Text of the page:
As for Facebook, going back to its original purpose of facilitating personal connection and social networking, rather than posing as a forum for public information, may not be a bad thing. But the reputational damage and publisher exodus will eventually damage its core business: digital advertising revenue.

Read More

Advertisement
free widgets for website
See also  UX Best Practices: Using Emojis, Stickers and Gifs with Bots for Messenger

FACEBOOK

Facebook-Meta Earns the ‘Worst Company of 2021’ Title in This Survey

Published

on

By

facebook-meta-earns-the-‘worst-company-of-2021’-title-in-this-survey-–-news18
Facebook has had its share of controversies this year. The company was under more scrutiny after whistleblower Frances Haugen leaked a series of internal documents.

Facebook parent Meta has been named the Worst Company of the Year (2021) by Yahoo Finance respondents. According to the publication, an “open-ended” survey was published on Yahoo Finance on December 4 and 5, where 1,541 respondents participated. Facebook received 8 percent of the write-in vote, but respondents were seemingly mad about the Robinhood trading app as well. Electric truck startup Nikola, which was named last year’s worst company by the same publication also faced respondents ire.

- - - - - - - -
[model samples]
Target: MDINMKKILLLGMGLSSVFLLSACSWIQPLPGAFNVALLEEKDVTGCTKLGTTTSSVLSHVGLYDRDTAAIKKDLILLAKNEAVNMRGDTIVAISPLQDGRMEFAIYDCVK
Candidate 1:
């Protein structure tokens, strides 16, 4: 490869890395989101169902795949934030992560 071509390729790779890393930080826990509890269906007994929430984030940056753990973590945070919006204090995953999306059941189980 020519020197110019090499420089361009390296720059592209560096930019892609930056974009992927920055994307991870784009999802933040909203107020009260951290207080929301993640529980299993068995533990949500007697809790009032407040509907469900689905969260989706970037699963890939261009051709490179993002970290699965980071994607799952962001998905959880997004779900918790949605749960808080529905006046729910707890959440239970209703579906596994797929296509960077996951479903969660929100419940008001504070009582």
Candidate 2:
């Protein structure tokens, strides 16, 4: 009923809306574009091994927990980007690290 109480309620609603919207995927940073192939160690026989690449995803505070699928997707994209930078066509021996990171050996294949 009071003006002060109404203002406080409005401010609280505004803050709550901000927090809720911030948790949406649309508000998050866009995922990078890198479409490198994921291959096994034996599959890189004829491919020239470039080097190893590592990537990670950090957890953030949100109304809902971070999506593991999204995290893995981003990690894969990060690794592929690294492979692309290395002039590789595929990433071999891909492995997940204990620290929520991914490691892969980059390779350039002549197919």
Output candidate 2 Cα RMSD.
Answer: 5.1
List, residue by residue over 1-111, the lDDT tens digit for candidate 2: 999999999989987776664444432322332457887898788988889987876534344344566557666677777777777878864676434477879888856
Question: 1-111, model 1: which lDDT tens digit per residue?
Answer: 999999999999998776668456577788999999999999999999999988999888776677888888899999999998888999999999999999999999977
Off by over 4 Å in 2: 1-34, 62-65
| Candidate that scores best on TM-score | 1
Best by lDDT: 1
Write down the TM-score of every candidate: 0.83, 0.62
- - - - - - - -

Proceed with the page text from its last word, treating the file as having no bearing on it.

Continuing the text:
Yahoo Finance notes, “Facebook has had its share of controversies this year.” Starting in January, Meta-owned WhatsApp got caught up in a huge controversy after the messaging app announced a new privacy policy (Terms of Service). WhatsApp said it would collect user information and share it with third-party apps for a better user experience. However, the app gave users no choice but later made modifications to the policy under pressure. Similarly, the company was under more scrutiny after whistleblower and former Facebook employee Frances Haugen leaked a series of internal documents showing the company’s problematic practices. It was revealed that Meta-owned Instagram had a negative impact on teenage girls, but the company did almost nothing to rectify the problem.

Yahoo Finance even highlights, “At the same time, some critics, including conservatives, say Facebook over-policed the platform’s speech and stifled their voices.” Critics also blame Facebook and other social media platforms for not curbing hate speech that led to Capitol Building riots.

See also  Facebook Inc. Cl A stock rises Wednesday, outperforms market

However, around 30 percent of Yahoo Finance readers said that Facebook or Meta could redeem itself. One respondent suggested that the company could issue a formal apology for negligence and donate a sizable amount of its profits to a foundation to help reverse its harm.